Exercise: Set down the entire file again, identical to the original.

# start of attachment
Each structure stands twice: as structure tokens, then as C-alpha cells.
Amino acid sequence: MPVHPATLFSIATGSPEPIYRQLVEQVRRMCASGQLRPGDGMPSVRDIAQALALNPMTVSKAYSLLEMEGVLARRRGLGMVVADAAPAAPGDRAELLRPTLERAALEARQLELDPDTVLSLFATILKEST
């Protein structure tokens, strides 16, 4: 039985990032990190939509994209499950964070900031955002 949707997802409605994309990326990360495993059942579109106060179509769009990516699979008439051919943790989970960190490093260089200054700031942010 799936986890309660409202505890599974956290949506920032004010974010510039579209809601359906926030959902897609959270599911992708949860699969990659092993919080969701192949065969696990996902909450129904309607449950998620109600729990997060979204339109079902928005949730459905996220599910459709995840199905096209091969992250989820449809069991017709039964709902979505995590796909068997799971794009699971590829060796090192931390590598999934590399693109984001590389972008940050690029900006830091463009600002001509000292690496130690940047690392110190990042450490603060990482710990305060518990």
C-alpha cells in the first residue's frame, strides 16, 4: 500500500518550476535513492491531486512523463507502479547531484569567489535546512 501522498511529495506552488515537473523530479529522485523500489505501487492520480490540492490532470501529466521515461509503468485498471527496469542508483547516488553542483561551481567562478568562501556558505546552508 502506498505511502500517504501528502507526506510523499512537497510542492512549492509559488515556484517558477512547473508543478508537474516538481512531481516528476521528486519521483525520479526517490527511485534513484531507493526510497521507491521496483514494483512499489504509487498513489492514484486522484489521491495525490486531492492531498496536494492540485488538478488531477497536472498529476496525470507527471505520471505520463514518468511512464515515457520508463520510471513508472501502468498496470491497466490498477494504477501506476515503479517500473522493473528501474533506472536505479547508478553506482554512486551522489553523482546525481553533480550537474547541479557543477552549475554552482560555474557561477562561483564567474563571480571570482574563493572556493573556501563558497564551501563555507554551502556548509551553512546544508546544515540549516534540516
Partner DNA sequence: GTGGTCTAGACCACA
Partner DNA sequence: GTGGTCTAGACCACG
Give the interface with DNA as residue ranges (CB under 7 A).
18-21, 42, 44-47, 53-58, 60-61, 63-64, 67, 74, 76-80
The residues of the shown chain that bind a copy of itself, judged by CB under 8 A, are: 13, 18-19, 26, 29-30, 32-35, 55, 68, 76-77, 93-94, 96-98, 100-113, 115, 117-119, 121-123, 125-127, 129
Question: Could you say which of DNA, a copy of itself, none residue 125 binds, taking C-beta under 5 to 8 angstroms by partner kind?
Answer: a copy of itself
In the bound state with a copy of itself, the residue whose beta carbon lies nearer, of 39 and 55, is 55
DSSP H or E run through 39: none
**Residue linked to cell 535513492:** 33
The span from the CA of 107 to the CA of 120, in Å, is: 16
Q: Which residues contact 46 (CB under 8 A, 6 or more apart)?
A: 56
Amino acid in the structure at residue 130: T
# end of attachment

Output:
Each structure stands twice: as structure tokens, then as C-alpha cells.
Amino acid sequence: MPVHPATLFSIATGSPEPIYRQLVEQVRRMCASGQLRPGDGMPSVRDIAQALALNPMTVSKAYSLLEMEGVLARRRGLGMVVADAAPAAPGDRAELLRPTLERAALEARQLELDPDTVLSLFATILKEST
């Protein structure tokens, strides 16, 4: 039985990032990190939509994209499950964070900031955002 949707997802409605994309990326990360495993059942579109106060179509769009990516699979008439051919943790989970960190490093260089200054700031942010 799936986890309660409202505890599974956290949506920032004010974010510039579209809601359906926030959902897609959270599911992708949860699969990659092993919080969701192949065969696990996902909450129904309607449950998620109600729990997060979204339109079902928005949730459905996220599910459709995840199905096209091969992250989820449809069991017709039964709902979505995590796909068997799971794009699971590829060796090192931390590598999934590399693109984001590389972008940050690029900006830091463009600002001509000292690496130690940047690392110190990042450490603060990482710990305060518990």
C-alpha cells in the first residue's frame, strides 16, 4: 500500500518550476535513492491531486512523463507502479547531484569567489535546512 501522498511529495506552488515537473523530479529522485523500489505501487492520480490540492490532470501529466521515461509503468485498471527496469542508483547516488553542483561551481567562478568562501556558505546552508 502506498505511502500517504501528502507526506510523499512537497510542492512549492509559488515556484517558477512547473508543478508537474516538481512531481516528476521528486519521483525520479526517490527511485534513484531507493526510497521507491521496483514494483512499489504509487498513489492514484486522484489521491495525490486531492492531498496536494492540485488538478488531477497536472498529476496525470507527471505520471505520463514518468511512464515515457520508463520510471513508472501502468498496470491497466490498477494504477501506476515503479517500473522493473528501474533506472536505479547508478553506482554512486551522489553523482546525481553533480550537474547541479557543477552549475554552482560555474557561477562561483564567474563571480571570482574563493572556493573556501563558497564551501563555507554551502556548509551553512546544508546544515540549516534540516
Partner DNA sequence: GTGGTCTAGACCACA
Partner DNA sequence: GTGGTCTAGACCACG
Give the interface with DNA as residue ranges (CB under 7 A).
18-21, 42, 44-47, 53-58, 60-61, 63-64, 67, 74, 76-80
The residues of the shown chain that bind a copy of itself, judged by CB under 8 A, are: 13, 18-19, 26, 29-30, 32-35, 55, 68, 76-77, 93-94, 96-98, 100-113, 115, 117-119, 121-123, 125-127, 129
Question: Could you say which of DNA, a copy of itself, none residue 125 binds, taking C-beta under 5 to 8 angstroms by partner kind?
Answer: a copy of itself
In the bound state with a copy of itself, the residue whose beta carbon lies nearer, of 39 and 55, is 55
DSSP H or E run through 39: none
**Residue linked to cell 535513492:** 33
The span from the CA of 107 to the CA of 120, in Å, is: 16
Q: Which residues contact 46 (CB under 8 A, 6 or more apart)?
A: 56
Amino acid in the structure at residue 130: T